Rule 2 – Always Give Value. Don’t Take.
If you want to get people to like to and to be friends with you then you first need to show them that you give value of some sort, and not leech from them.
By following rule #1 of being social and talking to everyone in the group, you are already presenting yourself as a high-value person that would be beneficial for other people’s social status to be around. But being friendly and social is not enough to build friendships. You need to give before you can receive.
The value that you give doesn’t have to be materialistic or monetary value. You can provide value in many different forms like status value, high energy, positivity, inspiration, motivation, companionship (i.e. offering to join someone in an activity) etc.
The rule of reciprocity is one that is deeply engrained into society. If someone does something for you then you feel obliged to return the favor. For example if you invite people over to a barbeque at your place as a get-to-know-each-other event, you’ll very likely be invited to parties and events by everyone who you invited.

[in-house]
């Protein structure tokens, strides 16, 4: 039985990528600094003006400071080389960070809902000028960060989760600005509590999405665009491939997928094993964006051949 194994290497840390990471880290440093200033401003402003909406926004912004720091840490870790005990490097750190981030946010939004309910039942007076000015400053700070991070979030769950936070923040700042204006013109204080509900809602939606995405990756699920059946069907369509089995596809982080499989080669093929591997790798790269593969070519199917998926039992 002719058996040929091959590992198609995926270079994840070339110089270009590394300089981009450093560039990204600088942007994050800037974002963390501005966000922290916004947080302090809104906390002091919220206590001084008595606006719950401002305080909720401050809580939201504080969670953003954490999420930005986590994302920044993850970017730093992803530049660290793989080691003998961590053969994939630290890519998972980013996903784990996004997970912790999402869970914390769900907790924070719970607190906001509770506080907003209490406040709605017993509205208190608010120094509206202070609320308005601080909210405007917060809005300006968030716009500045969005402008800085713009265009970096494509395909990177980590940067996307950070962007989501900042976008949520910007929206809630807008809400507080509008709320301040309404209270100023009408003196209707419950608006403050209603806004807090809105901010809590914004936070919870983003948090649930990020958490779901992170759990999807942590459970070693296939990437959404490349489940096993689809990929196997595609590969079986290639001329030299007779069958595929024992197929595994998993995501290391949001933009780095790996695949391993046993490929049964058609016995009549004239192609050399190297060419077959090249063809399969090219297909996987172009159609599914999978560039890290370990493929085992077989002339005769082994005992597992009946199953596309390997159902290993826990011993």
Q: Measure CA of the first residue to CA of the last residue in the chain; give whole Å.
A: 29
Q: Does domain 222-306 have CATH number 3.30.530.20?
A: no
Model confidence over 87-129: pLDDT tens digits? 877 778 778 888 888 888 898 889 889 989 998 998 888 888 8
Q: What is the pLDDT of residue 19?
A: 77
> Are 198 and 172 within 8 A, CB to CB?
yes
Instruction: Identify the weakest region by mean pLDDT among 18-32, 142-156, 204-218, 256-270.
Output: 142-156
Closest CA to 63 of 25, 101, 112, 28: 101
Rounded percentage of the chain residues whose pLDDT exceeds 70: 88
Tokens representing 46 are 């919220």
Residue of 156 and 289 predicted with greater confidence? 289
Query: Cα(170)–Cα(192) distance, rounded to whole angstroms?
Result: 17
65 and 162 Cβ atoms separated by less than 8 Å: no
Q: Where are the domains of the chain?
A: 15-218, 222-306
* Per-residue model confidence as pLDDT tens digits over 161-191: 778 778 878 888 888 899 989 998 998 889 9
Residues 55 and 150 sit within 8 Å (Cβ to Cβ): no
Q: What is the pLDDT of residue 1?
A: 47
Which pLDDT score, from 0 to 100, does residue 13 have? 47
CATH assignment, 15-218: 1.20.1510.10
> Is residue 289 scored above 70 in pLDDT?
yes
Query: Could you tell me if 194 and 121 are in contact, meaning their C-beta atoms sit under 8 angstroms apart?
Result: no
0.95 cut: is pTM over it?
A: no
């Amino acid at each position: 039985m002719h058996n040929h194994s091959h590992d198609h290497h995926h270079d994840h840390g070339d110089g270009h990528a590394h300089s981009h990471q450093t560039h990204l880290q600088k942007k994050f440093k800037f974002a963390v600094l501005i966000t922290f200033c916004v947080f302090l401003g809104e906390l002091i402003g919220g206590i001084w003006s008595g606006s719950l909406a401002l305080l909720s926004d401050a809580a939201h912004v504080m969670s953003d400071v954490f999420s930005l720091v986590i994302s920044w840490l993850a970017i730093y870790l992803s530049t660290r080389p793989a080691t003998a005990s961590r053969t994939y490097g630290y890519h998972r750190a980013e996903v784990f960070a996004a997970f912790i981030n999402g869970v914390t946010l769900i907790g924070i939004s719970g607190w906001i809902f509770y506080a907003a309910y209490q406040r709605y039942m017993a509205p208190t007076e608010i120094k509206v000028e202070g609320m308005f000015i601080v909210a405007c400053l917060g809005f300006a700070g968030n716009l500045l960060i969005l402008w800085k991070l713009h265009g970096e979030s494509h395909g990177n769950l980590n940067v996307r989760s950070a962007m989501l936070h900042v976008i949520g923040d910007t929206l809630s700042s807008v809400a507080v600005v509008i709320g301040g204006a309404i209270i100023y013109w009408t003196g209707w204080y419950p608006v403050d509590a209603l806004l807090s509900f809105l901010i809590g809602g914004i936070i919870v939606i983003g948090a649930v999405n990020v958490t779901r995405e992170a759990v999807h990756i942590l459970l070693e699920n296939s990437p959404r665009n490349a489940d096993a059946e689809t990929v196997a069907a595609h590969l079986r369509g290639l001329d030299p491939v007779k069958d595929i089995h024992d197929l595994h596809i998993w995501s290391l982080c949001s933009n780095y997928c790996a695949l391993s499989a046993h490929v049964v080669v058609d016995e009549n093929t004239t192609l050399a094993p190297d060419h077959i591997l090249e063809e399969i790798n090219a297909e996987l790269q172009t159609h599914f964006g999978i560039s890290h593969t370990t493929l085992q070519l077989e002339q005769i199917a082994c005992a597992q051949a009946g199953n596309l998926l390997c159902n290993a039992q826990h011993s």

(With the rule of reciprocity, the returned favor can be equal but also much greater. You could do something for someone that costs you very little effort, and that person might return the favor by doing something that costs them a lot more effort.)
Don’t give value with the expectation or intention of getting anything in return, just know that you probably will get something in return. Give because you want to have fun and be friendly, not because you want to gain something.